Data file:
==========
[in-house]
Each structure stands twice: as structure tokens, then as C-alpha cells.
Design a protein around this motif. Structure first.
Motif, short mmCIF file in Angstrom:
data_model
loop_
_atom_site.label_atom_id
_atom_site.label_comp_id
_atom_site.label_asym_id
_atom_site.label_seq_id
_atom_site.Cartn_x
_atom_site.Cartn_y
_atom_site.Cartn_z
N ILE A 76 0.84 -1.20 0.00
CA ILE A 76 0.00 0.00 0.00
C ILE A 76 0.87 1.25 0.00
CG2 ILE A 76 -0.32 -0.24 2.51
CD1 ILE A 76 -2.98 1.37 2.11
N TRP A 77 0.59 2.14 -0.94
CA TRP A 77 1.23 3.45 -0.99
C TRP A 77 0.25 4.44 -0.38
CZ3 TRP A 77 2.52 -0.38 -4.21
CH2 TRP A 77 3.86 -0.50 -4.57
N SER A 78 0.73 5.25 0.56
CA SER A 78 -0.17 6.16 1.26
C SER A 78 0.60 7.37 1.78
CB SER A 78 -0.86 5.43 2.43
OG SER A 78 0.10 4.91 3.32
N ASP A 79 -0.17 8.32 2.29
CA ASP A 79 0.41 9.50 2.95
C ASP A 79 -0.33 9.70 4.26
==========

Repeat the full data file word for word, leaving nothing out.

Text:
[in-house]
Each structure stands twice: as structure tokens, then as C-alpha cells.
Design a protein around this motif. Structure first.
Motif, short mmCIF file in Angstrom:
data_model
loop_
_atom_site.label_atom_id
_atom_site.label_comp_id
_atom_site.label_asym_id
_atom_site.label_seq_id
_atom_site.Cartn_x
_atom_site.Cartn_y
_atom_site.Cartn_z
N ILE A 76 0.84 -1.20 0.00
CA ILE A 76 0.00 0.00 0.00
C ILE A 76 0.87 1.25 0.00
CG2 ILE A 76 -0.32 -0.24 2.51
CD1 ILE A 76 -2.98 1.37 2.11
N TRP A 77 0.59 2.14 -0.94
CA TRP A 77 1.23 3.45 -0.99
C TRP A 77 0.25 4.44 -0.38
CZ3 TRP A 77 2.52 -0.38 -4.21
CH2 TRP A 77 3.86 -0.50 -4.57
N SER A 78 0.73 5.25 0.56
CA SER A 78 -0.17 6.16 1.26
C SER A 78 0.60 7.37 1.78
CB SER A 78 -0.86 5.43 2.43
OG SER A 78 0.10 4.91 3.32
N ASP A 79 -0.17 8.32 2.29
CA ASP A 79 0.41 9.50 2.95
C ASP A 79 -0.33 9.70 4.26